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20 August 2018, 14:15 | Updated: 20 August 2018, 14:18
A-level music, French and German are in danger of being removed from state schools and colleges in England because of funding cuts, the Association of School and College Leaders (ASCL) has warned.
A survey of 420 state-sector school and college leaders, released the day before A-level results day, shows 69 per cent have been forced to cut back on lesson time, staff and facilities in A-level subjects over the past two years.
The subjects cited as being worst affected by cuts were music (39 per cent), French (32 per cent), design and technology (31 per cent), drama (28 per cent) and German (26 per cent).
The number of entries for these subjects have already seen significant decline over the past five years. In 2017, just 3,422 students took A-level German in England. Music was taken by 5,610 and French by 8,539 pupils, while A-level drama and design and technology were taken by 10,751 and 10,657 students respectively.
Geoff Barton, General Secretary of the Association of School and College Leaders, said: “Subjects like A-level music, French and German are hanging on by their fingertips in the state sector because schools and colleges cannot afford to run courses with relatively small numbers of students on current funding levels. Their erosion will mean we have fewer musicians and linguists in the future, and this will have a long-term impact on related industries and on the number of teachers we are able to train in these disciplines.
“The immediate solution is for the government to stop treating the 16-18 sector like the poor relation of education and improve the level of funding as a matter of urgency. In the longer term we need to boost these subjects at GCSE where they are also under pressure.”
Of the respondents to the ASCL survey, 86 per cent (251) said funding pressures were responsible for the crisis.
And 54 per cent said the government’s decision to ‘decouple’ AS levels – meaning they no longer count towards A-levels – has seriously impacted many schools and colleges, with many now focusing on just three A-levels, rather than four.
One school leader responded to the survey, saying: “Funding pressures are relentless and have cut our syllabus to the bone. Education is being provided for pupils on the basis of whether it can be afforded not whether it is right for the child's needs.”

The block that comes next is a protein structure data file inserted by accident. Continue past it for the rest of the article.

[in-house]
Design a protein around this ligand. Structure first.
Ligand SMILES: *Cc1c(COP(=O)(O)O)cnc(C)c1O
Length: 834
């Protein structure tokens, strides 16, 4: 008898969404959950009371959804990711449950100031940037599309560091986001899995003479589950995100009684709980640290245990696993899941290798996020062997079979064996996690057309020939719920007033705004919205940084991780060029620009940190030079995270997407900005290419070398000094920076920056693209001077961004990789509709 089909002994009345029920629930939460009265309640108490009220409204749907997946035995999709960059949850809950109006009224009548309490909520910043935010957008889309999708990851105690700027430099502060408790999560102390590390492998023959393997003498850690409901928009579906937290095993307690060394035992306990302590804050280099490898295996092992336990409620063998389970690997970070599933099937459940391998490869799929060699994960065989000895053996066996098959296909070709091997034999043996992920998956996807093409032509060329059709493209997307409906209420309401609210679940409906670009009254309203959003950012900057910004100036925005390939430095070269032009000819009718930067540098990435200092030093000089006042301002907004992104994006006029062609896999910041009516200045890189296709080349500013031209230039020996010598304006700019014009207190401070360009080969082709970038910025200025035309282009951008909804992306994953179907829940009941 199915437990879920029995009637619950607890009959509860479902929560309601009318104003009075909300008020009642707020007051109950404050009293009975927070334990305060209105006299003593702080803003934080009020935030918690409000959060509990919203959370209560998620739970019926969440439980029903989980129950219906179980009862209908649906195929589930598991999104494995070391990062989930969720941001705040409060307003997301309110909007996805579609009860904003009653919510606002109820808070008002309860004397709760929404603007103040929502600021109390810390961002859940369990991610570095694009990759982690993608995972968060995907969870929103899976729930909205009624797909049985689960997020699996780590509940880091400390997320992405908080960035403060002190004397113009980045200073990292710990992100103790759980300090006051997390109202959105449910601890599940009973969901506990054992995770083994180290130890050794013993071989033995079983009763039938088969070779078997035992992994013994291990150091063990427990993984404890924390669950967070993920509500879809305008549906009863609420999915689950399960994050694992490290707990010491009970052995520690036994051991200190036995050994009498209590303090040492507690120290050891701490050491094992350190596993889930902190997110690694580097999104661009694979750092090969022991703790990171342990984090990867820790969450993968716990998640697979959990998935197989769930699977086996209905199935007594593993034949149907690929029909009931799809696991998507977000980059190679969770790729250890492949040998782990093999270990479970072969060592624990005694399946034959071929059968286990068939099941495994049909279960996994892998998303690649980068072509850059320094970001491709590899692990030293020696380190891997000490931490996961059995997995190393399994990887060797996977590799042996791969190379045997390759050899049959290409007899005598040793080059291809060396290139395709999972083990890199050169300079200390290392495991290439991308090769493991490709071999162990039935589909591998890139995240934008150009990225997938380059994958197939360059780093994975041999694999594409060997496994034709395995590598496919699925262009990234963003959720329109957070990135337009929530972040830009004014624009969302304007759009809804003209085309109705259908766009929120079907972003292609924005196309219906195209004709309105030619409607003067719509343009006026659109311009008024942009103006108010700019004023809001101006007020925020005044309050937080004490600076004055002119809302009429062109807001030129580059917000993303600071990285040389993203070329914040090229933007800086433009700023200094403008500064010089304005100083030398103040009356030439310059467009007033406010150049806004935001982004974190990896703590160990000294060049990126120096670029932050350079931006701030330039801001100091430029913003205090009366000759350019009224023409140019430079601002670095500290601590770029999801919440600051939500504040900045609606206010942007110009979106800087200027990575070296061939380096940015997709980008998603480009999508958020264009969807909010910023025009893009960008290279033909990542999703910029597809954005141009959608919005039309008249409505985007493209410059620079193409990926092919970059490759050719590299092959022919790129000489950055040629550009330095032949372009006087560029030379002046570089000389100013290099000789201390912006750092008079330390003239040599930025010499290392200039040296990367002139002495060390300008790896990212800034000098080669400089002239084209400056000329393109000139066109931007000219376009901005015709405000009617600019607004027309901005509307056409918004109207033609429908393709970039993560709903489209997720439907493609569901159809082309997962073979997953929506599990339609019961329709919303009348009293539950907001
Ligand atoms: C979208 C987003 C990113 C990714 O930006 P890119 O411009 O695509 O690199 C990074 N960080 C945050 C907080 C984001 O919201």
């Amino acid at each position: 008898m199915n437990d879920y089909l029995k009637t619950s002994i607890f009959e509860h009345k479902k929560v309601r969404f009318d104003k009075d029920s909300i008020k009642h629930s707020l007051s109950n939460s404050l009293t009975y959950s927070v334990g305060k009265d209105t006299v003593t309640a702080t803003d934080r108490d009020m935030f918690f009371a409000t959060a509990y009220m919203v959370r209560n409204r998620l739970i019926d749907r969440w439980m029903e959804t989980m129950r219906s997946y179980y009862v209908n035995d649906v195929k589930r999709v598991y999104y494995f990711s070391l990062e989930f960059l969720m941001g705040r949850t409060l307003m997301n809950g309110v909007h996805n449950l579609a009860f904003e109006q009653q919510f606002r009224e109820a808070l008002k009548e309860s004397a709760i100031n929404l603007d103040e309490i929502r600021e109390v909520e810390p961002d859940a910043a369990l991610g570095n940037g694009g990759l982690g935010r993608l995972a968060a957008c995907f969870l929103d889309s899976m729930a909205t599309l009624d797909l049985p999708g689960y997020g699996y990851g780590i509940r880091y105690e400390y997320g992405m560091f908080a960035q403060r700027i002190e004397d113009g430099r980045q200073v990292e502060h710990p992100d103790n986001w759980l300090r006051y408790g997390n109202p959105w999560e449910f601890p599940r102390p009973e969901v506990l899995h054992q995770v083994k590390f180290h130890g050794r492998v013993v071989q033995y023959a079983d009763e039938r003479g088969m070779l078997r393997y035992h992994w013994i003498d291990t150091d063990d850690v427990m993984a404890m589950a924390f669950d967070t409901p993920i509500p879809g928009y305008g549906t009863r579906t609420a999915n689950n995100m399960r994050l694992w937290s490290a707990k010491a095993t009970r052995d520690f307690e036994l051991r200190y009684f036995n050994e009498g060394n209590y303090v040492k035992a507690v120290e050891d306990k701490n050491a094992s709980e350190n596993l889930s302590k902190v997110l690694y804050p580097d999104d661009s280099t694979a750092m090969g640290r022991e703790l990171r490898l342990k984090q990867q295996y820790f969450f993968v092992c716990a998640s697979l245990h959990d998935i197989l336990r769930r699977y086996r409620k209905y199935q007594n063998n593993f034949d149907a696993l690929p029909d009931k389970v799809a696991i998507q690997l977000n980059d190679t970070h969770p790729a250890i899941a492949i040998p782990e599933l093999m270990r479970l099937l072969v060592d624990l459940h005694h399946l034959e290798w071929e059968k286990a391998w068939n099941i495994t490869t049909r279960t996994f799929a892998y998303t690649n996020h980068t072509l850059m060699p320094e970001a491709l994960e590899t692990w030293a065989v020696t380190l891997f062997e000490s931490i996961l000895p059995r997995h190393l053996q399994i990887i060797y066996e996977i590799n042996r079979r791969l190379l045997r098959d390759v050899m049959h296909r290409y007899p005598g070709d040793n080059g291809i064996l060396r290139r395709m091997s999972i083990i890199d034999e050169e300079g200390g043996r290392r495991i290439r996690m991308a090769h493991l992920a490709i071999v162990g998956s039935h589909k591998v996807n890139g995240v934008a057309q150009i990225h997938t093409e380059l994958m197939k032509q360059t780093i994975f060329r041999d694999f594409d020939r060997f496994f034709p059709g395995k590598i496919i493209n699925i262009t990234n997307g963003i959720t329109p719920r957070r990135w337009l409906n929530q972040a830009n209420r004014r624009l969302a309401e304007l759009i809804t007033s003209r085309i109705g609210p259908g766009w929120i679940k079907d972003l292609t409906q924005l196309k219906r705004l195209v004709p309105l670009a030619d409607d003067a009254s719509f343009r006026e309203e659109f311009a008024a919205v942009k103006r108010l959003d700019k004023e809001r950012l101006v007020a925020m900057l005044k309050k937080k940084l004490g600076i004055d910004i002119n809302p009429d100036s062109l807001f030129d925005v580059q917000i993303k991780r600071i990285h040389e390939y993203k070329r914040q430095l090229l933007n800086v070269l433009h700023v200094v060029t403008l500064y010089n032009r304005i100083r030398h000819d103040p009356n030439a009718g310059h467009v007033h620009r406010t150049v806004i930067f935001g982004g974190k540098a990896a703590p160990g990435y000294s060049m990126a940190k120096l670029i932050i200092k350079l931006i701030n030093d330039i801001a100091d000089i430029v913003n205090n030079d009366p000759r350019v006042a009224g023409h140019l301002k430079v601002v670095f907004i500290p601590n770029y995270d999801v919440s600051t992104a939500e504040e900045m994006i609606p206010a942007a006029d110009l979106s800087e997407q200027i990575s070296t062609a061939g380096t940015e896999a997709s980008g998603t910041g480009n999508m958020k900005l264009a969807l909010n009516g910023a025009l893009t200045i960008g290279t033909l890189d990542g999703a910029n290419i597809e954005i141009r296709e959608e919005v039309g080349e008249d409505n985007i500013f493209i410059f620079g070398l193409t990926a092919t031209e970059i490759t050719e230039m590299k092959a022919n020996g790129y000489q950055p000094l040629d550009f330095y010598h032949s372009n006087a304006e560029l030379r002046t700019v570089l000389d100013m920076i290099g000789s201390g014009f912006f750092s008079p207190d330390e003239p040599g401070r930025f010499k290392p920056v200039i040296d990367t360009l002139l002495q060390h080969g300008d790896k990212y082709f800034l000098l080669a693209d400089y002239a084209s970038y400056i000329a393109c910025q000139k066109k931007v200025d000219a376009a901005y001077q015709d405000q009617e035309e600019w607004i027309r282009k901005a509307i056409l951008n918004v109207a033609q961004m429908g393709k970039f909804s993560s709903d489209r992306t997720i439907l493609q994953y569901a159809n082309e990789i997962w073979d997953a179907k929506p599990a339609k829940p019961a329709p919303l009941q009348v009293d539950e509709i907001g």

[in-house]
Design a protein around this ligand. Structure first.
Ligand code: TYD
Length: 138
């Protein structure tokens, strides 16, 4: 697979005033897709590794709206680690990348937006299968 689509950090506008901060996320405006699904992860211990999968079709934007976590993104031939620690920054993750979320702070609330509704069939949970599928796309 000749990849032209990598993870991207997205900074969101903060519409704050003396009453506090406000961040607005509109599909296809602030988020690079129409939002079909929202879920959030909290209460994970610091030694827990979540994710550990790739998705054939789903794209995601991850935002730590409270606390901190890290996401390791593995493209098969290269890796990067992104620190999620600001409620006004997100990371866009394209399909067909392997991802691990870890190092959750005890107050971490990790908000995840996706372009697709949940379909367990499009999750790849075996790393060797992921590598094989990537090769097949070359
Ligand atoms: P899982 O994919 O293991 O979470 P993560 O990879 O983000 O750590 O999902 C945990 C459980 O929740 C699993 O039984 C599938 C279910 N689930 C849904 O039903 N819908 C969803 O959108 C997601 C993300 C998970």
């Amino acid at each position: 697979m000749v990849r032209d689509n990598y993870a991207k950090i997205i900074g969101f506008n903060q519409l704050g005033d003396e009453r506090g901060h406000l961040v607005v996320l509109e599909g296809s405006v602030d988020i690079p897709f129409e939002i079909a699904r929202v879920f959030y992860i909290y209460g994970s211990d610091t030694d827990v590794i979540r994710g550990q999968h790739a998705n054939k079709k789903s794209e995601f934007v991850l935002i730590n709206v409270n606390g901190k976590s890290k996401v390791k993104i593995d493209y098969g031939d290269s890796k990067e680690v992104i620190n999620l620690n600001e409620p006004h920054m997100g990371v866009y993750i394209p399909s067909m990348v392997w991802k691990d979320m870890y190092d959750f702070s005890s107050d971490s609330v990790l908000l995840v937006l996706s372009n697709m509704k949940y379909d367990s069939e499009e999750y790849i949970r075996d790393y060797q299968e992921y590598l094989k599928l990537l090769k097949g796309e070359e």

A second said: “If a course is not financially viable it cannot run. The moral imperative to provide the right course for the right student is a fight that is being lost to a funding crisis.”
The ASCL survey revealed the 16 to 18 education sector has been particularly badly hit by government spending decisions. Twenty-eight respondents said their sixth form was considering closure, with many saying they have been unable to sustain student numbers with current funding levels.
A Department for Education spokesperson said: “School funding will rise to a record £43.5 billion by 2020 – 50 per cent more in real terms per pupil than in 2000 – and we are protecting the base rate of funding for 16 to 19 year olds until 2020 to ensure every young person can access the education or training needed to go on to university, apprenticeships or work.
“We want young people to have access to a wide range of high-quality options at post-16. We are supporting schools through a new national centre of excellence in modern foreign languages and regional hubs to drive up standards in the teaching of languages. We are also investing £500 million in music and arts education programmes between 2016 and 2020 to give young people the opportunity to take part in a range of activities.”
In two unrelated recent reports by Arts Council England, it also emerged that a ‘class gap’ is holding young people back from the arts. Cost and lack of confidence were cited as two major reasons that young people didn’t engage with the arts, with the Arts Council saying “the majority of the answers received were related to anxiety, embarrassment and shyness.”